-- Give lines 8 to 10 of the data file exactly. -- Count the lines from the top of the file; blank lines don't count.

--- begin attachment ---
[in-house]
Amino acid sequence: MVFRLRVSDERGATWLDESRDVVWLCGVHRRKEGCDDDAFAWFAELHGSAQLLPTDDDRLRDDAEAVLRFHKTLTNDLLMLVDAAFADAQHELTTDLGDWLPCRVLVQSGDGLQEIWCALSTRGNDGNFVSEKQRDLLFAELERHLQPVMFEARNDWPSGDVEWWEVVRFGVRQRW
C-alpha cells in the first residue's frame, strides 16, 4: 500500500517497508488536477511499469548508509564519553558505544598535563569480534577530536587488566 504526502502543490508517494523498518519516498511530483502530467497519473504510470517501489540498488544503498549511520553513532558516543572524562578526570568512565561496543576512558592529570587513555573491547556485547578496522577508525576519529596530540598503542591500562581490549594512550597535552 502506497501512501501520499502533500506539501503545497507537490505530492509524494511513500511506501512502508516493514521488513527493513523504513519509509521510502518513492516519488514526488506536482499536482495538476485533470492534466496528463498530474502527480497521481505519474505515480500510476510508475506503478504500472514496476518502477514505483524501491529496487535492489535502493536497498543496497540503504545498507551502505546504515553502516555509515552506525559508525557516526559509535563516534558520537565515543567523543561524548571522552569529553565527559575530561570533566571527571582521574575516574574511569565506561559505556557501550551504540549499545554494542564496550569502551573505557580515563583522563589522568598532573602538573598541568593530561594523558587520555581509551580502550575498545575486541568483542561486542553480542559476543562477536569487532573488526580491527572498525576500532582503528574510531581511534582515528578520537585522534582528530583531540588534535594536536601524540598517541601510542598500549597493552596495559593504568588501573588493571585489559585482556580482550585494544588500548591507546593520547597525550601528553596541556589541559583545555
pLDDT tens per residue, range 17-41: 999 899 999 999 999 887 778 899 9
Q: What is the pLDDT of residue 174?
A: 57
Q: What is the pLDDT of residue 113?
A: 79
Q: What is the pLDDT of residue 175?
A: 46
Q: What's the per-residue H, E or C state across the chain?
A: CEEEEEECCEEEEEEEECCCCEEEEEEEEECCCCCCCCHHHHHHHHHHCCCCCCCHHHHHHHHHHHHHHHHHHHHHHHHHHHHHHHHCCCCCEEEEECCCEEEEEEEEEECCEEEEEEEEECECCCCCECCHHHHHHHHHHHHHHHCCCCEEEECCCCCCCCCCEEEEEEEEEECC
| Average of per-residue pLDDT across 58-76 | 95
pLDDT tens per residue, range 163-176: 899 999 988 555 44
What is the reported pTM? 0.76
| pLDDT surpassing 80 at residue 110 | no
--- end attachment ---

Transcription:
A: 79
Q: What is the pLDDT of residue 175?
A: 46